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Lake Powell water levels dropping; Lake Mead rising

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SALT LAKE CITY -- In recent weeks, the level of Lake Powell has been dropping sharply. The agency that controls the reservoir is releasing 11 billion gallons of water each day to help bring up the level of Nevada's Lake Mead.

Lake Powell always comes down this time of year, but the releases now are significantly more than usual.

"That level of release hasn't occurred since the late '90s," said Richard Clayton, a hydraulic engineer for the U.S. Bureau of Reclamation. His job is to oversee releases from the Glen Canyon Dam.

The high wintertime releases have triggered controversy. But the bureau has a message for boaters who worry Lake Powell might drop too far: "Don't worry. Be happy." The releases are prompted by expectations of the best spring runoff in more than a decade. Bureau experts predict, but can't guarantee, that Lake Powell will eventually rise higher this summer than it did last year.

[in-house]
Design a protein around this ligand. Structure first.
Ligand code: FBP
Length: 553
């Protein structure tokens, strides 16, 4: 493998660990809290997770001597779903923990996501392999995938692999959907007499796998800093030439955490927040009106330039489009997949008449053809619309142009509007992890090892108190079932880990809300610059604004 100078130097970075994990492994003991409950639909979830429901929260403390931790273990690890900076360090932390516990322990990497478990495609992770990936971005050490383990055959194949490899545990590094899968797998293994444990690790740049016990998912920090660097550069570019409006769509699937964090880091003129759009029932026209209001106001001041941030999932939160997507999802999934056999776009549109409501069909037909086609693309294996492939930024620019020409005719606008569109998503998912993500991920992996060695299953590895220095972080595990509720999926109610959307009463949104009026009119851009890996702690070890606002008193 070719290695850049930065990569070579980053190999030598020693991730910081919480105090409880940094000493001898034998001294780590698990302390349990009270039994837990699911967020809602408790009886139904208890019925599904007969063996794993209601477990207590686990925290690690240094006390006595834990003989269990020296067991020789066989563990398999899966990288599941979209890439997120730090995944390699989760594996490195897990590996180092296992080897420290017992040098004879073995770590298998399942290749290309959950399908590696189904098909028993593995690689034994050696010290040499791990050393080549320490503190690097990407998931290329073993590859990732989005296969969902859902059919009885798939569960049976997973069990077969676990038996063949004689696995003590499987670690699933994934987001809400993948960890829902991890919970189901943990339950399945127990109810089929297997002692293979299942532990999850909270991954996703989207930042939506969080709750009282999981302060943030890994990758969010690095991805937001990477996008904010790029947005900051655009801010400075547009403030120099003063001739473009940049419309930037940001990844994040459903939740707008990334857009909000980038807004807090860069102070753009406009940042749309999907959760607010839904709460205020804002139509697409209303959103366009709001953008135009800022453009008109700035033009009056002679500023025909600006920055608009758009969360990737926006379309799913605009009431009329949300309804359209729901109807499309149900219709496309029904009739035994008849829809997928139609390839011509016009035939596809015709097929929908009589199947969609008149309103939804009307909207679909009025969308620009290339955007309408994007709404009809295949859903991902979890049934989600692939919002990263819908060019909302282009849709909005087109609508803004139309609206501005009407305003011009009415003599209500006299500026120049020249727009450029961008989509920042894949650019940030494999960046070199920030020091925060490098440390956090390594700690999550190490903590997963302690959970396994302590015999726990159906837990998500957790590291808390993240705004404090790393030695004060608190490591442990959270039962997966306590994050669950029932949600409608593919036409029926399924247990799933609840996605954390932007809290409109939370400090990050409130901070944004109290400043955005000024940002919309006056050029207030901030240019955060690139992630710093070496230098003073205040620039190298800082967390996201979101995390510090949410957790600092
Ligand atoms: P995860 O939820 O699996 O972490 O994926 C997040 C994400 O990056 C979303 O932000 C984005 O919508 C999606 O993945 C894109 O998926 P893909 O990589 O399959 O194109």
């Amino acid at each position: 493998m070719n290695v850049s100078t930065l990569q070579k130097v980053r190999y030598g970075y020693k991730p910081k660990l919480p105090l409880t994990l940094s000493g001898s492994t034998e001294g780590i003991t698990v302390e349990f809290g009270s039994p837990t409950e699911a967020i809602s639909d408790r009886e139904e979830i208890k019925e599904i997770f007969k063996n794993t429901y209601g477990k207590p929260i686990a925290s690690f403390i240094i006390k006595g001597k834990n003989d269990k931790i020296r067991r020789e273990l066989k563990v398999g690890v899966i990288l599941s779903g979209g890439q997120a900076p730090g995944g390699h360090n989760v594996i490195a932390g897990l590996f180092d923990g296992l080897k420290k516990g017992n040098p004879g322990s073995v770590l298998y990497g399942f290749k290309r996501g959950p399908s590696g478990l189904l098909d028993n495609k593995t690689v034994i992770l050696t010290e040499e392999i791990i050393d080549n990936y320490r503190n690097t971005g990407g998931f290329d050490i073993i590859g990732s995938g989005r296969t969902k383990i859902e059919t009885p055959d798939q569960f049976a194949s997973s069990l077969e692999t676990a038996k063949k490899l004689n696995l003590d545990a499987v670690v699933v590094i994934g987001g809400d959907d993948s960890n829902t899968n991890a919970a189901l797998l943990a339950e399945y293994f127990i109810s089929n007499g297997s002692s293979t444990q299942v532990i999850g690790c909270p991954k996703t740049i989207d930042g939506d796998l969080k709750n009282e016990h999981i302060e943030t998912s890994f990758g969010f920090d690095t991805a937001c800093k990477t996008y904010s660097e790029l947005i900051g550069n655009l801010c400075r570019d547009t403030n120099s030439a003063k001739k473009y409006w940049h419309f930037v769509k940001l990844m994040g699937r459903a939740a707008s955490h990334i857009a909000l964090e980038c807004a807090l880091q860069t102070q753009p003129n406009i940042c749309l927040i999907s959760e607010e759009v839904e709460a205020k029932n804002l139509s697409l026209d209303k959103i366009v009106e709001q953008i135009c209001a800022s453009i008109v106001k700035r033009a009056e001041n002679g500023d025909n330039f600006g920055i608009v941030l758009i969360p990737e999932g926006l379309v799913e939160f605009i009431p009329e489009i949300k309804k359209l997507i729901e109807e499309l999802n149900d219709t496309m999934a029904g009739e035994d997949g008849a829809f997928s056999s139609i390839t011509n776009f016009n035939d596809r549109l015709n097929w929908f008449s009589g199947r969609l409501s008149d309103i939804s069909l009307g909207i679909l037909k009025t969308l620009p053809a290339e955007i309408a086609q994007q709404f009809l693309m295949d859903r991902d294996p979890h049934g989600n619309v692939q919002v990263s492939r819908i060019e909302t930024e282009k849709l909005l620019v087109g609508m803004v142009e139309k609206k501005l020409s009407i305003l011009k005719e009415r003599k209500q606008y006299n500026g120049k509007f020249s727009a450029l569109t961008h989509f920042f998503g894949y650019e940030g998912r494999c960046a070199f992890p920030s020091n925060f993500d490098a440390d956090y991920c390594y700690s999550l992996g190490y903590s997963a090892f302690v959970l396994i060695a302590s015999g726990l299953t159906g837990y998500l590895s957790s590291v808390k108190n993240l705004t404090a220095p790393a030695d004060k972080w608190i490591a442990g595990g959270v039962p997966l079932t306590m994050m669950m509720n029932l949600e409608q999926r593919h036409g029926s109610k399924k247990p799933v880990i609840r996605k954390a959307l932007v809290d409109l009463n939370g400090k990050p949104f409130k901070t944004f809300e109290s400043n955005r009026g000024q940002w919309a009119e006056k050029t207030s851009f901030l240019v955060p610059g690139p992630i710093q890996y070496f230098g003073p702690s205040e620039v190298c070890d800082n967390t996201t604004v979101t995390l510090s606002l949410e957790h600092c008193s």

Since the first week of November, Lake Powell has dropped almost 14 feet. In the same period, Lake Mead is up more than 100 feet.

The additional water is being released through turbines that generate electricity at the 710-foot-high dam near Page, Ariz. The water flows down the Colorado River, through the Grand Canyon, and on to Lake Mead near Las Vegas.

The release of water has caused Lake Powell to drop more than 13 feet, while Lake Mead has risen about 10 feet since early November. From a Nevada perspective, that's good news. For a full decade, the big reservoir behind Hoover Dam has taken a battering from the region's long-term drought.

Lake Mead is currently about 42 percent full, and its surface area has shrunk drastically. Lake Powell currently stands about 57 percent full.